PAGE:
Old Media Monday: Reviewing the Reviewers

New York Times:

  • Sunday Book Review cover: Geoffrey C. Ward on This Republic of Suffering: Death and the American Civil War by Drew Gilpin Faust: "'The work of death was Civil War America’s most fundamental and most demanding undertaking,' [Gilpin writes]. Her account of how that work was done, much of it gleaned from the letters of those who found themselves forced to do it, is too richly detailed and covers too much ground to be summarized easily. She overlooks nothing — from the unsettling enthusiasm some men showed for killing to the near-universal struggle for an answer to the question posed by the Confederate poet Sidney Lanier: 'How does God have the heart to allow it?'"
  • Ken Kalfus on All Shall Be Well; All Shall Be Well; and All Manner of Things Shall Be Well by Tod Wodicka: "Although Wodicka turns up a provocative thought here and there, this musing, typical of Burt’s grief-laden vaporousness, serves also to illustrate the artless, wordy and underarticulated writing that makes 'All Shall Be Well' such a Black Death of a chore to read. Wodicka has chosen a narrative voice too depressive and portentous to manifest his ingenuity." On Thursday, though, Maslin called ASBWASBWAMTSBW "this tender, oddball book, one that performs a deft balancing act as it hides love, yearning and regret behind the mouthful of medieval incantation in its title."
  • Kakutani on The Reserve by Russell Banks: "The plot of 'The Reserve,' which takes place in the Adirondacks in the summer of 1936, moves not with the swift, sharklike momentum of his best fiction but in a hokey, herky-jerky fashion that never lets the reader forget that Mr. Banks is standing there behind the proscenium, pulling the characters’ strings. Even the language he uses is weirdly secondhand: a bizarre mélange of Hemingwayesque action prose and romance-novel clichés that manages to feel faux macho and sickly sweet at the same time."
  • Maslin on The Appeal by John Grisham: "Building a remarkable degree of suspense into the all too familiar ploys described here, Mr. Grisham delivers his savviest book in years. His extended vacation from hard-hitting fiction is over.... It barely matters that the characters in 'The Appeal' are essentially stick figures. What works for Mr. Grisham is his patient, lawyerly, inexorable way of dramatizing urgent moral issues."

Washington Post:

  • Mindy Aloff on The Mitfords: Letters Between Six SIsters, edited by Charlotte Mosley: "The Mitfords could have been an operatic group biography on an epic scale: Instead, thanks to its editor's taste and discretion, it is chamber music with symphonic longings. Ironically, as the sororal voices drop away owing to irreparable feuds or lost letters or death, the surviving sisters become more serious and open. Tragedy and aging lead them to wisdom, or something very like it."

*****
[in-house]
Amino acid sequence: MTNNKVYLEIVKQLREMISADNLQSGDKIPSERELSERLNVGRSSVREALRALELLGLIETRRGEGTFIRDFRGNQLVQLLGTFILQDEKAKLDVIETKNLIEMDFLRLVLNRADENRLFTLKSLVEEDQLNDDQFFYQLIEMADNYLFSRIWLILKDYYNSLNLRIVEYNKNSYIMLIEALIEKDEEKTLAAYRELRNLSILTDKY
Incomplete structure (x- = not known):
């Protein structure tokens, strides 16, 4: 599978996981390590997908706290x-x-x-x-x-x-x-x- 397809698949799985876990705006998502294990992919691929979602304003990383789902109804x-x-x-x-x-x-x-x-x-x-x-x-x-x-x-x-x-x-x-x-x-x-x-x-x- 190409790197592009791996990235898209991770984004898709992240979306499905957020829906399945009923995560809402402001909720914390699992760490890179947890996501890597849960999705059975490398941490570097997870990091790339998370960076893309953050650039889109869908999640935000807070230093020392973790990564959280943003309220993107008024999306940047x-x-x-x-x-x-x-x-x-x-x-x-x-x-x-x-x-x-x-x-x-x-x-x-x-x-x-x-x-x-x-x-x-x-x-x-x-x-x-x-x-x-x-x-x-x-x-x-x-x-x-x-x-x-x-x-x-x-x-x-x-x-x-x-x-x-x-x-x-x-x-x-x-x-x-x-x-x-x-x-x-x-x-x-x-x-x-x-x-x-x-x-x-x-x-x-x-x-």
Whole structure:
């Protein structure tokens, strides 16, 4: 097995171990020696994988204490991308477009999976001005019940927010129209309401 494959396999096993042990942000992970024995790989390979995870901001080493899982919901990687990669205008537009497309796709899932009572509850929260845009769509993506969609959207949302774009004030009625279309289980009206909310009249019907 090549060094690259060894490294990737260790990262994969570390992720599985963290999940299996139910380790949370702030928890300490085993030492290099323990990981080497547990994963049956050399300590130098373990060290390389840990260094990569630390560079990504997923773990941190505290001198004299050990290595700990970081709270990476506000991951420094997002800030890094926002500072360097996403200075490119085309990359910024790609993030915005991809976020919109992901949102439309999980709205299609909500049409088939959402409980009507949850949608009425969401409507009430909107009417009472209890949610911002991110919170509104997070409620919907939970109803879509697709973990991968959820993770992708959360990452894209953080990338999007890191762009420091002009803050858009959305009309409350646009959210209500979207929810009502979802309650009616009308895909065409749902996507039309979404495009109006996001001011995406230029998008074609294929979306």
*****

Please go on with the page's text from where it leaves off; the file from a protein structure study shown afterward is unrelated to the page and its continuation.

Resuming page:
Los Angeles Times:

  • Sven Birkerts on Banks's The Reserve: "Banks works with a vast palette and a sure stylistic command. 'The Reserve' gratifies page by page. But when the pages are gathered together, held in retrospect, there is the sense of an echo still awaited, some deeper gratification promised in the meditative pose of the mysterious, beautiful woman on the first page."
  • Richard Schickel on An Ordinary Spy by Joseph Weisberg: "At a certain point, the reader begins to wonder whether 'An Ordinary Spy' might possibly be an extraordinary act of disinformation. Might its author still be a CIA employee, charged with portraying the agency in a benign light -- not exactly bumbling, but incapable of, say, water-boarding or extraordinary rendition? To hear Weisberg tell it, an American secret agent's chief concern seems to be defending his retirement package."

Globe & Mail:

  • Catherine Bush on How the Dead Dream by Lydia Millet: "It's hard, in fact, to convey how invigorating Millet's fiction is, how intelligent and thematically rich, how processes of thought are themselves made urgent and lively through the specificity of her observations and sentences that offer startlement, small and large. This isn't fiction that tells us how to live. Instead, it dramatizes the power of attentiveness to an expanded, if terribly flawed and potentially dying, world, attentiveness being a kind of tenderness, which is a kind of love."

The Guardian:

  • Christopher Taylor on The Second Plane by Martin Amis: "'If September 11 had to happen,' he says in the introduction to The Second Plane, 'then I am not at all sorry that it happened in my lifetime.' His fans might not feel the same way. To some extent, the heavily self-parodic aspects of the enterprise - at one point he reports on treating Tony Blair to a disquisition on the Shia, whom he compared to 'nut-rissole artists' - make the crazy-uncle outbursts less alarming."